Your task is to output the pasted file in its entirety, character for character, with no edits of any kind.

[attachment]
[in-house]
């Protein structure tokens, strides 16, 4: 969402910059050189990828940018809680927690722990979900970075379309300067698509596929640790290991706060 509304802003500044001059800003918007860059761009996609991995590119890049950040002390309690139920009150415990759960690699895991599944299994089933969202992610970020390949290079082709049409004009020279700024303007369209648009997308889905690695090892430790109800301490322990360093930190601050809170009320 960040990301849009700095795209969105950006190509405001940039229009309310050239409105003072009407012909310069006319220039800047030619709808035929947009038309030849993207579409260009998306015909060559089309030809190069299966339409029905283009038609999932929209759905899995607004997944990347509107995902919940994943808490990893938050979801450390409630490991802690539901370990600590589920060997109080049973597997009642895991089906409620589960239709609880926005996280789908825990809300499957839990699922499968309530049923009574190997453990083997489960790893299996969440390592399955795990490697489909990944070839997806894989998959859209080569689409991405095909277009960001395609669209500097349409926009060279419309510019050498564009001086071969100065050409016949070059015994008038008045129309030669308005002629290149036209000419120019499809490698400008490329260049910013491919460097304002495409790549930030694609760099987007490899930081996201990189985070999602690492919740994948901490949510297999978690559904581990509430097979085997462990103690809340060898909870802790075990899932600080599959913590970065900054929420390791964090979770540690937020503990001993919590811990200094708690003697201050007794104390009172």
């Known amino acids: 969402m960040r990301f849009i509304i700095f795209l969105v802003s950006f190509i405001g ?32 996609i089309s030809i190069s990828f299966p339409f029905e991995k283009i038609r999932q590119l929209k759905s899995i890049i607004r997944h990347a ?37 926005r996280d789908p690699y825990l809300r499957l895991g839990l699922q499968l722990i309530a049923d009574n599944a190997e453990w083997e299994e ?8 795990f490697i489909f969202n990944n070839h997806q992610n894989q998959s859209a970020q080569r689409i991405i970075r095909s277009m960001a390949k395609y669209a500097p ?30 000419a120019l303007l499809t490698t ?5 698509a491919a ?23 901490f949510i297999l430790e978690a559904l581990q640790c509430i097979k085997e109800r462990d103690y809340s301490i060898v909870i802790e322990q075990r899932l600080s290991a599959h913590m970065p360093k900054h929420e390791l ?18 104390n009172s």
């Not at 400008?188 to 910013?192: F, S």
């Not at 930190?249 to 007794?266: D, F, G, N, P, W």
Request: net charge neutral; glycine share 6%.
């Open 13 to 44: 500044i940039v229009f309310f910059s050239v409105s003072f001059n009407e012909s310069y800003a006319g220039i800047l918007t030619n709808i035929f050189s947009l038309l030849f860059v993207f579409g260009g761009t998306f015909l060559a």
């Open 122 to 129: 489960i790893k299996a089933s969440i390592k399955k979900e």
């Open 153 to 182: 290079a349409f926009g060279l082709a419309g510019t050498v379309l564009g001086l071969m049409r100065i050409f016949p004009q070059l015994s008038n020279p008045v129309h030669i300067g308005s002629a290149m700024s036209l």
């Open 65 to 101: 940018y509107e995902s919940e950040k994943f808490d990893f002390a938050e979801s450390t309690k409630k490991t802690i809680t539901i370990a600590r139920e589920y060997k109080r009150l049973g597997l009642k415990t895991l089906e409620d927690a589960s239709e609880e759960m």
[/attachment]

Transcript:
[in-house]
């Protein structure tokens, strides 16, 4: 969402910059050189990828940018809680927690722990979900970075379309300067698509596929640790290991706060 509304802003500044001059800003918007860059761009996609991995590119890049950040002390309690139920009150415990759960690699895991599944299994089933969202992610970020390949290079082709049409004009020279700024303007369209648009997308889905690695090892430790109800301490322990360093930190601050809170009320 960040990301849009700095795209969105950006190509405001940039229009309310050239409105003072009407012909310069006319220039800047030619709808035929947009038309030849993207579409260009998306015909060559089309030809190069299966339409029905283009038609999932929209759905899995607004997944990347509107995902919940994943808490990893938050979801450390409630490991802690539901370990600590589920060997109080049973597997009642895991089906409620589960239709609880926005996280789908825990809300499957839990699922499968309530049923009574190997453990083997489960790893299996969440390592399955795990490697489909990944070839997806894989998959859209080569689409991405095909277009960001395609669209500097349409926009060279419309510019050498564009001086071969100065050409016949070059015994008038008045129309030669308005002629290149036209000419120019499809490698400008490329260049910013491919460097304002495409790549930030694609760099987007490899930081996201990189985070999602690492919740994948901490949510297999978690559904581990509430097979085997462990103690809340060898909870802790075990899932600080599959913590970065900054929420390791964090979770540690937020503990001993919590811990200094708690003697201050007794104390009172």
């Known amino acids: 969402m960040r990301f849009i509304i700095f795209l969105v802003s950006f190509i405001g ?32 996609i089309s030809i190069s990828f299966p339409f029905e991995k283009i038609r999932q590119l929209k759905s899995i890049i607004r997944h990347a ?37 926005r996280d789908p690699y825990l809300r499957l895991g839990l699922q499968l722990i309530a049923d009574n599944a190997e453990w083997e299994e ?8 795990f490697i489909f969202n990944n070839h997806q992610n894989q998959s859209a970020q080569r689409i991405i970075r095909s277009m960001a390949k395609y669209a500097p ?30 000419a120019l303007l499809t490698t ?5 698509a491919a ?23 901490f949510i297999l430790e978690a559904l581990q640790c509430i097979k085997e109800r462990d103690y809340s301490i060898v909870i802790e322990q075990r899932l600080s290991a599959h913590m970065p360093k900054h929420e390791l ?18 104390n009172s």
């Not at 400008?188 to 910013?192: F, S």
């Not at 930190?249 to 007794?266: D, F, G, N, P, W």
Request: net charge neutral; glycine share 6%.
């Open 13 to 44: 500044i940039v229009f309310f910059s050239v409105s003072f001059n009407e012909s310069y800003a006319g220039i800047l918007t030619n709808i035929f050189s947009l038309l030849f860059v993207f579409g260009g761009t998306f015909l060559a």
């Open 122 to 129: 489960i790893k299996a089933s969440i390592k399955k979900e």
């Open 153 to 182: 290079a349409f926009g060279l082709a419309g510019t050498v379309l564009g001086l071969m049409r100065i050409f016949p004009q070059l015994s008038n020279p008045v129309h030669i300067g308005s002629a290149m700024s036209l």
């Open 65 to 101: 940018y509107e995902s919940e950040k994943f808490d990893f002390a938050e979801s450390t309690k409630k490991t802690i809680t539901i370990a600590r139920e589920y060997k109080r009150l049973g597997l009642k415990t895991l089906e409620d927690a589960s239709e609880e759960m």